Every week, students like you and me congregate in the Walnut Room under the title of ASUO Senate. Every week, they make decisions that most of us probably don’t care about. Every year, I’ve paid little to no attention to this shit. But this year, I am condemned to attending these Senate meetings and relaying the information unto you. It was pretty boring at first, but things got heated and interesting with the censure of Constitution Court Justice Cedar Cosner. So here goes my first ASUO Senate meeting:
Matthew Miyamoto is acting as Chair until the election of a President or something. He calls the meeting to order at 7:03 p.m. This was followed by introductions and silly one-word recaps of summer. The agenda was approved.
Ben Bowman announces the Emerald‘s Launch Party, which starts at 8:00 p.m. Apparently there is a VIP party at 6:00 p.m. which includes a free meal? You’re not invited; he only invited the Senate and then the audience.
Justice Shultz came in and discussed the new rules for Constitution Court. They can probably be found somewhere, but apparently the “the most startling changes will be with [how] resolutions [are passed].” Senator Bacon expressed concern of the composition of Academic Senators with respect to categorization of senators and how that effects the acknowledgement of constituents. The number of Senate seats has something to do with this.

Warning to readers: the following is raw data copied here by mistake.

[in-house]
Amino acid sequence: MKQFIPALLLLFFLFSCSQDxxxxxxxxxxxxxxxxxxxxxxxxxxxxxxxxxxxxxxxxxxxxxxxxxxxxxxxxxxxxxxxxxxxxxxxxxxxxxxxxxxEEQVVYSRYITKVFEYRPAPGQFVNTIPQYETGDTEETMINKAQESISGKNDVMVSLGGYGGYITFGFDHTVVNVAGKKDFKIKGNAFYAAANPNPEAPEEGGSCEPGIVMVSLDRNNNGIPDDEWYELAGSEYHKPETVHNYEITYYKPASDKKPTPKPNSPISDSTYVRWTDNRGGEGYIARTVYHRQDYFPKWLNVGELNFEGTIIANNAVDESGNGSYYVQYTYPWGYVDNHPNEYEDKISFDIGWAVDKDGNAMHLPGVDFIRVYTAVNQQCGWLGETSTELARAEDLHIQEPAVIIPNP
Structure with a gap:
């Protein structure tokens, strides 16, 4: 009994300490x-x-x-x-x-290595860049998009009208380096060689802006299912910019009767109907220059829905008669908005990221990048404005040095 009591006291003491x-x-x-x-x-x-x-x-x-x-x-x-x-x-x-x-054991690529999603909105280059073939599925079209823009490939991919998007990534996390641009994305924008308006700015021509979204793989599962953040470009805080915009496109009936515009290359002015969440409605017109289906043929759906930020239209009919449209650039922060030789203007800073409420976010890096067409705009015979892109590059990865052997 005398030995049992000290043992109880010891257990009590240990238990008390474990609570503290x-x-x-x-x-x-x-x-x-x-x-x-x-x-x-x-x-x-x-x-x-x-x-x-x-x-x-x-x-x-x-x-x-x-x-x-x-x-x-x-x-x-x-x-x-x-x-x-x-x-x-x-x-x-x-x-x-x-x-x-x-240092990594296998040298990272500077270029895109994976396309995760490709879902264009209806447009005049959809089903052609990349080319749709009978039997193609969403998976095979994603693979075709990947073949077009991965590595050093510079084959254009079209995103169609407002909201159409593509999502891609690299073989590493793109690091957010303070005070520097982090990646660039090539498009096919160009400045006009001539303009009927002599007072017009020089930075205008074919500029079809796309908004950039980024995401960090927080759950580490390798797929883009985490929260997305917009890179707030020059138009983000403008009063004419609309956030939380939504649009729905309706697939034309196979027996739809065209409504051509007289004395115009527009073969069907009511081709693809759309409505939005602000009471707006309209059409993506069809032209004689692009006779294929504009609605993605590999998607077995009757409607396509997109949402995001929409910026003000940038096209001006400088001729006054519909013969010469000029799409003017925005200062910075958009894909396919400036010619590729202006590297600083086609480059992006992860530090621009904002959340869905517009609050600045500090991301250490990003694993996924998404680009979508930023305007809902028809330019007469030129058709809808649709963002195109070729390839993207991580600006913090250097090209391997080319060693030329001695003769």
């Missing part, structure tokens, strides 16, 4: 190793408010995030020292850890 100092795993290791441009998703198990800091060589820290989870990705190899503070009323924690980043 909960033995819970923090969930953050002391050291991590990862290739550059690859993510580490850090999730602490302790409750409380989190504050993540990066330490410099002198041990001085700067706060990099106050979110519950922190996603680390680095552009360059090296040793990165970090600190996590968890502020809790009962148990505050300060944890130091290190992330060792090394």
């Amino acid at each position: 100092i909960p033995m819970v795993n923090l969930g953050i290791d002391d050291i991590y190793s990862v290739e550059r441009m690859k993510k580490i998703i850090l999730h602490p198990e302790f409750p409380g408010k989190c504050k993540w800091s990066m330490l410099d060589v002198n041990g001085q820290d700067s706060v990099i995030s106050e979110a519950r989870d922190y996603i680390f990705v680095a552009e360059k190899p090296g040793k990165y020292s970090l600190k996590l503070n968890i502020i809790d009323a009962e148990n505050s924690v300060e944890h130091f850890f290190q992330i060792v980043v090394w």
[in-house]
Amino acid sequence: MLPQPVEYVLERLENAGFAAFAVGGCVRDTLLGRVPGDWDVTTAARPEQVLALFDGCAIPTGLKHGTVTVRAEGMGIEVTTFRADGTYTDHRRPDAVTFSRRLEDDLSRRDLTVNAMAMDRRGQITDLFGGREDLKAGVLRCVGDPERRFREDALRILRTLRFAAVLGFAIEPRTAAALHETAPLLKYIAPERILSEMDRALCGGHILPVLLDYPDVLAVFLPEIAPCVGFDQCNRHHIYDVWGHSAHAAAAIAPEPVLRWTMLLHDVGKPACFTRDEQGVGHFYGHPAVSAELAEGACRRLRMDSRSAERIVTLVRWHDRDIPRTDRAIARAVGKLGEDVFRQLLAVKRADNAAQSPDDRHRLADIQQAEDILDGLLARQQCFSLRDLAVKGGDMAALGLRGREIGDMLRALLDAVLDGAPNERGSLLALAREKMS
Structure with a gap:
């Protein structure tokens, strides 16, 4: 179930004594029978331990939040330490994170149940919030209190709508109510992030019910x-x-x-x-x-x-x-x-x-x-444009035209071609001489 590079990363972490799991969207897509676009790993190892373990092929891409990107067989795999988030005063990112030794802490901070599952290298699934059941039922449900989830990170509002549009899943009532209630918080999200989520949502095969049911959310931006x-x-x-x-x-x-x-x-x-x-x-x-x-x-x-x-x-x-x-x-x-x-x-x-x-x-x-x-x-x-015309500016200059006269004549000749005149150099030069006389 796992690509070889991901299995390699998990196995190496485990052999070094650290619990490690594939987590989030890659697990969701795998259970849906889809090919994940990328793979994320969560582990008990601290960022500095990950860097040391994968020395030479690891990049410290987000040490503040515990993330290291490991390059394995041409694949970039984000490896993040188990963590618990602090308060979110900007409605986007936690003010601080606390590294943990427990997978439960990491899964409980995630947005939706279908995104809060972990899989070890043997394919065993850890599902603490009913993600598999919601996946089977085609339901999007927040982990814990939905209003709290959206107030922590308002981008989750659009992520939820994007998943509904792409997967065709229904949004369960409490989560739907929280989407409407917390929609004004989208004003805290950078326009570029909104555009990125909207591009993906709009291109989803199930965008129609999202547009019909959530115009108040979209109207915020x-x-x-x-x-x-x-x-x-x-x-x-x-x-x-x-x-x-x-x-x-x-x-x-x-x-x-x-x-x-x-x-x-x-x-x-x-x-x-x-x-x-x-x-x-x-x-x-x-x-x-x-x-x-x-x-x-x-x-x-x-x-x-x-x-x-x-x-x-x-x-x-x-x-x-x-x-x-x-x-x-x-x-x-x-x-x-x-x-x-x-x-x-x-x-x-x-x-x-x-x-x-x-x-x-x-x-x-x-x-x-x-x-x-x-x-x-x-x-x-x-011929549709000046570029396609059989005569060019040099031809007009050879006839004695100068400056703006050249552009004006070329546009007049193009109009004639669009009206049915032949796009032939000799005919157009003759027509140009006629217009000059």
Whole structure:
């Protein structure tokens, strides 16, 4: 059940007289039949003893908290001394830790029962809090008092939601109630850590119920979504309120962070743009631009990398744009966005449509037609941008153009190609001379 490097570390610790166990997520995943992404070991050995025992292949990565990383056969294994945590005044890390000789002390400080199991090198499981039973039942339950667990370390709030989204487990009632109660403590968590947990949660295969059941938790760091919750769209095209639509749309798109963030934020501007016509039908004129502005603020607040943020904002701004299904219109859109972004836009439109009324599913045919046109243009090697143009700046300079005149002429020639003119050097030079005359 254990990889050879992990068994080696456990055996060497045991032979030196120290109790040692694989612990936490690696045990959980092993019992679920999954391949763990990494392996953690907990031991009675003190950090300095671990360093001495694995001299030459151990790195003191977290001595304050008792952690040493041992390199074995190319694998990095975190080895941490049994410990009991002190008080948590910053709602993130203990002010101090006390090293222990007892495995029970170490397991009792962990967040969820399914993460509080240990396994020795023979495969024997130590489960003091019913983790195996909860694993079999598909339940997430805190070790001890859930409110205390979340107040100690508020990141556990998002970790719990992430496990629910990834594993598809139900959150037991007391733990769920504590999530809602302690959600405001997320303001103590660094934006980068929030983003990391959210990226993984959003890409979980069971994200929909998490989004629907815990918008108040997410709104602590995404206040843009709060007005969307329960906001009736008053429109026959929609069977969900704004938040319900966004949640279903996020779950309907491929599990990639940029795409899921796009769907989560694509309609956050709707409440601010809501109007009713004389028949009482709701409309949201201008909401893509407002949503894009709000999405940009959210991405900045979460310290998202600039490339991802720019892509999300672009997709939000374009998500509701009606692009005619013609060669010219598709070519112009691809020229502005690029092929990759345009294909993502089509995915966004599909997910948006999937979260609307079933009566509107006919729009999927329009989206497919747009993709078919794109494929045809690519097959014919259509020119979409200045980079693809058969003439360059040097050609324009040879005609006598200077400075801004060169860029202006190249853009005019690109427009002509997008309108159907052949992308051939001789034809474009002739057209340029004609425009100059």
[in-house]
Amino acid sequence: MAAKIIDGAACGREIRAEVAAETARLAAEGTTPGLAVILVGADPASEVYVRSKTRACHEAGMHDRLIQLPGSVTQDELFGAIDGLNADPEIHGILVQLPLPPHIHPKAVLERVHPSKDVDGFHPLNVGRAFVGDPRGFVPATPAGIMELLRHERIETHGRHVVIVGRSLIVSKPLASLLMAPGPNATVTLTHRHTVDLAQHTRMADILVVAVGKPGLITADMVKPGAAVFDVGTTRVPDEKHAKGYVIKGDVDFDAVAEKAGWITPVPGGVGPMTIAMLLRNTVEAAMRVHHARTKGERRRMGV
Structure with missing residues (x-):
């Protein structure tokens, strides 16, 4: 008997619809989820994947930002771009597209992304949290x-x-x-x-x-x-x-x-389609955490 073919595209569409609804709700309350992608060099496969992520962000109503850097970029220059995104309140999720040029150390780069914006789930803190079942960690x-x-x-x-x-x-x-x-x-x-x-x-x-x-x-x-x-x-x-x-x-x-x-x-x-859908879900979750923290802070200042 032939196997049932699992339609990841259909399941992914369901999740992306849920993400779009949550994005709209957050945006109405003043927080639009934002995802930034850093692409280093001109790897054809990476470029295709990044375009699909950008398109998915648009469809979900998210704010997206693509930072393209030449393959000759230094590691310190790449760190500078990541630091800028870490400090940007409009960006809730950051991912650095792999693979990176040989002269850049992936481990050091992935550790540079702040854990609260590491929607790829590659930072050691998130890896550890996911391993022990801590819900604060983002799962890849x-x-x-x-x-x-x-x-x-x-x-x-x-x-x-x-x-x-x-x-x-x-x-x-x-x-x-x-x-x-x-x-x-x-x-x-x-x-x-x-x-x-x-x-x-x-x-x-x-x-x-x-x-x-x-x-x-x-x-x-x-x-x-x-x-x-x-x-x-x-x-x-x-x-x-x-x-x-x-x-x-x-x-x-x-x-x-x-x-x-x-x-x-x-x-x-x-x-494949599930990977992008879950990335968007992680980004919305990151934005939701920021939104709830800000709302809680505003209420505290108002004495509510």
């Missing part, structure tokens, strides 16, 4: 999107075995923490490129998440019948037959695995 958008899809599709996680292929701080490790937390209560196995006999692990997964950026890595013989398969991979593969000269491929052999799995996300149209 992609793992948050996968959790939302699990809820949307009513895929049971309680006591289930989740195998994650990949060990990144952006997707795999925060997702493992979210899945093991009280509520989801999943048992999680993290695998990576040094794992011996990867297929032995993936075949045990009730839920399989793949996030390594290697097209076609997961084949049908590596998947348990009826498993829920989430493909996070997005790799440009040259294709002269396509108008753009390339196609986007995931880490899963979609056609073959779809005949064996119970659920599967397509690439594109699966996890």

More announcements. Oh my fucking god, can’t these announcements be emailed?
Stuck in town for Thanksgiving? Stuck at home for Thanksgiving? Here are some Commentator-approved ideas!
1. In general, Macy’s and drunk should be synonymous, but this should be the case even more so on Thanksgiving. If you’re in for the hours and hours of fun called the Macy’s day parade consider making a pitcher of Mexican Thanksgiving Shots and taking a shot each time you see a marching band.
Recipe: Fill pitcher 1/2 full with Tequila. Fill remaining part of pitcher with Wild Turkey.
Alternatively, check out these holiday shot recipes. And this holiday drinking game.